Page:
Henry, archdeacon of Huntingdon, England (c 1088-c 1154) has been admired for centuries as the author of the monumental Historia Anglorum. The recent discovery of the Anglicanus ortus opens a new window onto this important English author as well as onto the uses of poetry and the knowledge of medicine in medieval England.
Written entirely in Latin verse, the Anglicanus ortus describes the medicinal uses of 160 different herbs, spices and vegetables. Henry drew on centuries of learned medicine to compose this work, employing the medical knowledge of ancient authors like Pliny the Elder and Dioscorides and of medieval scholars like Walahfrid Strabo, Macer Floridus and Constantine the African.
This critical edition is based on the five extant manuscripts and includes a complete English translation on facing pages and a commentary on every poem. An extensive introduction describes the manuscript witnesses in detail, examines Henry's poetic skill and use of sources, and establishes the place of the Anglicanus ortus in a pivotal era in the history of medicine and natural philosophy.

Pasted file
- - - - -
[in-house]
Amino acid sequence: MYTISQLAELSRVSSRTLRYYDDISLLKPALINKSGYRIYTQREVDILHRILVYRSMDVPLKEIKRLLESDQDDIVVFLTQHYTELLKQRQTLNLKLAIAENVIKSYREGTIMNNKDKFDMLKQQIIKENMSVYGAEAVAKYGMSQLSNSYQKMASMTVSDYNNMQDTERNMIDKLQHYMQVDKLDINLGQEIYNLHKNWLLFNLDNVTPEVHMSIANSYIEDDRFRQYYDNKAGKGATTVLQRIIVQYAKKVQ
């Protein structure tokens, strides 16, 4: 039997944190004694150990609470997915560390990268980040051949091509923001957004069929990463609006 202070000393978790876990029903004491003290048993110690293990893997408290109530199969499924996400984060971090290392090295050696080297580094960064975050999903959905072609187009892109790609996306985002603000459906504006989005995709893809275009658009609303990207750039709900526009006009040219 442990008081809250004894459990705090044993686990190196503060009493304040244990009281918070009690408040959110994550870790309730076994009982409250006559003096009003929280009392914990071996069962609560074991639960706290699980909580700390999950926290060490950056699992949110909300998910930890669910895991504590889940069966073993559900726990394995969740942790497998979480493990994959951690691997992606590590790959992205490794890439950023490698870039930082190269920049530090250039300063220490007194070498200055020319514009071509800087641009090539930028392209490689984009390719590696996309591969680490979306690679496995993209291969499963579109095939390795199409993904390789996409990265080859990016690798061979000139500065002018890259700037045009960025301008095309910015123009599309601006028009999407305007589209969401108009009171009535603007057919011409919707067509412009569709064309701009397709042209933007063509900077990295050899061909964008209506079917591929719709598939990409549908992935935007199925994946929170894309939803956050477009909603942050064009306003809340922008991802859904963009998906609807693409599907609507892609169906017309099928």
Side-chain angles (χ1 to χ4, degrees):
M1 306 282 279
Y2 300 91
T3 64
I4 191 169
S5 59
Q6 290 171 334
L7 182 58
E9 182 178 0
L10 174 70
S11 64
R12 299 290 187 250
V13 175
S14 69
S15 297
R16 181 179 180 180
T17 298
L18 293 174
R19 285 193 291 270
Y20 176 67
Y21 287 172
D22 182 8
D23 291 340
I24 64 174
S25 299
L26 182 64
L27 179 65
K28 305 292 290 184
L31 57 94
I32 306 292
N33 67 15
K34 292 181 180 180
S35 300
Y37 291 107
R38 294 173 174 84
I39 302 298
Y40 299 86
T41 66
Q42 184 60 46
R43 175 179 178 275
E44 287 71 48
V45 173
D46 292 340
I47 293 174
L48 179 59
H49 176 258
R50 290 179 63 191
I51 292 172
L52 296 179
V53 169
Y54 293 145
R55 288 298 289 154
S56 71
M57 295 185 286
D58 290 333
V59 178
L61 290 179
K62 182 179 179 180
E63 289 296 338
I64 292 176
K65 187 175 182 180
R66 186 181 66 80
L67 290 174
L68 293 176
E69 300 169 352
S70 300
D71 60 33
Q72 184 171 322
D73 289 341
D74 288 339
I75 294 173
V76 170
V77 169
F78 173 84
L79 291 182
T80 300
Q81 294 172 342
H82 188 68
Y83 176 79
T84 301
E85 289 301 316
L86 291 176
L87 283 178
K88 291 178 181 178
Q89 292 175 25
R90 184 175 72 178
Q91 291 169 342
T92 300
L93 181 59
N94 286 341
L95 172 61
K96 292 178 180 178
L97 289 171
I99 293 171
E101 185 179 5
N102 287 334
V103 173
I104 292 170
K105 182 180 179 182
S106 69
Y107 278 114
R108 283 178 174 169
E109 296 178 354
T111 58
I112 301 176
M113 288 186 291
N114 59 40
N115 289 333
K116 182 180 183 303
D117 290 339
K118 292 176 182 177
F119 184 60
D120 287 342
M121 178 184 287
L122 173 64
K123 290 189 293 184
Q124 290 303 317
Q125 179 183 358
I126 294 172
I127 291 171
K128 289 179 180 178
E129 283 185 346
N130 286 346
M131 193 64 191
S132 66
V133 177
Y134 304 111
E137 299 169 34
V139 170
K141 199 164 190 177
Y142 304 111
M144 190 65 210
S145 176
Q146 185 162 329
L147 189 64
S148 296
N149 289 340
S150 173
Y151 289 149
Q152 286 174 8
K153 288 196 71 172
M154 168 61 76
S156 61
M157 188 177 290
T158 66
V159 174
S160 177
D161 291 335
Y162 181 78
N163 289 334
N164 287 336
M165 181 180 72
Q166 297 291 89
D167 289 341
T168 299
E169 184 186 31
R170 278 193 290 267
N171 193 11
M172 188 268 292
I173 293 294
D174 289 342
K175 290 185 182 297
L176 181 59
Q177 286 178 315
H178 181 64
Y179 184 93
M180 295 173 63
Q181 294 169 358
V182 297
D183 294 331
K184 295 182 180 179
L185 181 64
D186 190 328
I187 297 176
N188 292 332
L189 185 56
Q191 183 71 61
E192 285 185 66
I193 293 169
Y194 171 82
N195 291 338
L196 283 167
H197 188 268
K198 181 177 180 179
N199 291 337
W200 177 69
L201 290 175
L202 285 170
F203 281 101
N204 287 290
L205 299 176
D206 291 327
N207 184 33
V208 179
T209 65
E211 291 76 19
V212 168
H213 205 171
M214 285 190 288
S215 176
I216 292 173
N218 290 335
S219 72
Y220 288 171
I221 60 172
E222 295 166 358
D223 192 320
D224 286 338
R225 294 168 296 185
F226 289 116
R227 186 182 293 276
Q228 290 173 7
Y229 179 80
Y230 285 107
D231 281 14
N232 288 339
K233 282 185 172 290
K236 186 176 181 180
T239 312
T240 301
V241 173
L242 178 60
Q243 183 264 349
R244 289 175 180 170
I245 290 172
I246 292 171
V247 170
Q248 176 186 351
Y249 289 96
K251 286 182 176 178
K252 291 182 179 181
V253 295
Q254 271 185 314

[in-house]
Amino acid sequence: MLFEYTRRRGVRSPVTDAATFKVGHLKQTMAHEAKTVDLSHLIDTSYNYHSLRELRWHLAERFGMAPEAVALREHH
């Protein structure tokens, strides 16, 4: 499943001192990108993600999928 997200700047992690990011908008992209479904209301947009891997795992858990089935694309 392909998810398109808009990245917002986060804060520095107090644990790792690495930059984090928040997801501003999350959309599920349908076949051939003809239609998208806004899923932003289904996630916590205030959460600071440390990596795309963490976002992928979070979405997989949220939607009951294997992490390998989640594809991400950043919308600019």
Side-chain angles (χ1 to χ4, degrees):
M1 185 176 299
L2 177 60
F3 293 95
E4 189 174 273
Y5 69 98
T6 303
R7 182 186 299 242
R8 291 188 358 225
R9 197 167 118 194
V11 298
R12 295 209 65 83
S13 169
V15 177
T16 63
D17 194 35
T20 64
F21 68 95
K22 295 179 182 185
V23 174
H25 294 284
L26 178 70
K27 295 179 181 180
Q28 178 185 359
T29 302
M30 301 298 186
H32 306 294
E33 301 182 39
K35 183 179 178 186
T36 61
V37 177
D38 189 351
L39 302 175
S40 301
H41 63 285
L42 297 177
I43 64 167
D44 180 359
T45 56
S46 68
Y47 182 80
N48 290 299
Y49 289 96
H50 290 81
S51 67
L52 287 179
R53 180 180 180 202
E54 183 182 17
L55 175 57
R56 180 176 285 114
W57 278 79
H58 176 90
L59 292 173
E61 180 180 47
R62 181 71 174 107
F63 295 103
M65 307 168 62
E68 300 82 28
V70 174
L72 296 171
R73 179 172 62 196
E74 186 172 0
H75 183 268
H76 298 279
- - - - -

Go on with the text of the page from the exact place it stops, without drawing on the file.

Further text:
Winston Black is the Haslam Postdoctoral Fellow for the Marco Institute for Medieval and Renaissance Studies at the University of Tennessee, Knoxville. His research and publications focus on the teaching and transmission of medicine and law in the High Middle Ages, particularly the composition and transmission of Latin didactic and mnemonic poetry.